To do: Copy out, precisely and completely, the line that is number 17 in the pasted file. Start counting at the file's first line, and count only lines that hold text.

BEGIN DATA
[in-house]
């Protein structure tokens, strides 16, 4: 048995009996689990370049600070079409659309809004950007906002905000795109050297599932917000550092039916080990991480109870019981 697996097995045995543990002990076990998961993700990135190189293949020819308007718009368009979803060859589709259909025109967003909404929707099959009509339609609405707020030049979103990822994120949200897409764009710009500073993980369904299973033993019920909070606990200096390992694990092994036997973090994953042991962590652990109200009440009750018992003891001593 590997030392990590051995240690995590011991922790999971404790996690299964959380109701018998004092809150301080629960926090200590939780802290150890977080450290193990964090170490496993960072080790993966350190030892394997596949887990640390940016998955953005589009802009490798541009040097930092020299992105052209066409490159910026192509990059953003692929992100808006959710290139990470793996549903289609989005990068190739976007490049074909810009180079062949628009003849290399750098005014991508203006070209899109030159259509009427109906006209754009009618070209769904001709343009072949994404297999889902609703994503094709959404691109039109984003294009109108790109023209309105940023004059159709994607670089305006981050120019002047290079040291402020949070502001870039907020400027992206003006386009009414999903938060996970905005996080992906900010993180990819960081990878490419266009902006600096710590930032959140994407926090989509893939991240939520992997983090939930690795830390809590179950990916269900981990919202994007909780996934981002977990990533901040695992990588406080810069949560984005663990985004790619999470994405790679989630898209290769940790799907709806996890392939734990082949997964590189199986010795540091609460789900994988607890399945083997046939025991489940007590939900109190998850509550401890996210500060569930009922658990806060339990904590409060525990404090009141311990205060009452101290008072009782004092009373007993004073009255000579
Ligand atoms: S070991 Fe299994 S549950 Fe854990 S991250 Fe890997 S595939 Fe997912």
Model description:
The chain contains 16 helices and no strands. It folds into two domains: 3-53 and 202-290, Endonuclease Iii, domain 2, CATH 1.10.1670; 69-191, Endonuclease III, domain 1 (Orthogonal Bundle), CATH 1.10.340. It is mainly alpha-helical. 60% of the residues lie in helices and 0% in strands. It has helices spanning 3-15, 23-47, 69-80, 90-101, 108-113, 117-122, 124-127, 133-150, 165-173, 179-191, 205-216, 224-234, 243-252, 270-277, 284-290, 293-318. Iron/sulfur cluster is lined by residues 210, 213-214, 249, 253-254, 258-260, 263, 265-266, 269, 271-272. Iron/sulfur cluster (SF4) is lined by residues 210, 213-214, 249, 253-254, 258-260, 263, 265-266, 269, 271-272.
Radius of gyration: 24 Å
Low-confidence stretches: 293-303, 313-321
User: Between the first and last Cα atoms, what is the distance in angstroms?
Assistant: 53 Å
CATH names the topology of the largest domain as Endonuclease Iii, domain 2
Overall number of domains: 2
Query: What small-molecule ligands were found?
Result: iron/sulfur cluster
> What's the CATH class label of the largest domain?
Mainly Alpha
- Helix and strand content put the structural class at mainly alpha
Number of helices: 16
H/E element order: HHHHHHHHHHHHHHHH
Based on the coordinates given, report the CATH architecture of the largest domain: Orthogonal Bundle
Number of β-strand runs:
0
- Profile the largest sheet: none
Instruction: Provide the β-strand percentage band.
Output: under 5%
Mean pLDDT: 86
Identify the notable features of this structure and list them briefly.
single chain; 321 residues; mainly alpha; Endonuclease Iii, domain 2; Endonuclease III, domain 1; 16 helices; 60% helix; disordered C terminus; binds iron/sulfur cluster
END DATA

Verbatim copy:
Number of helices: 16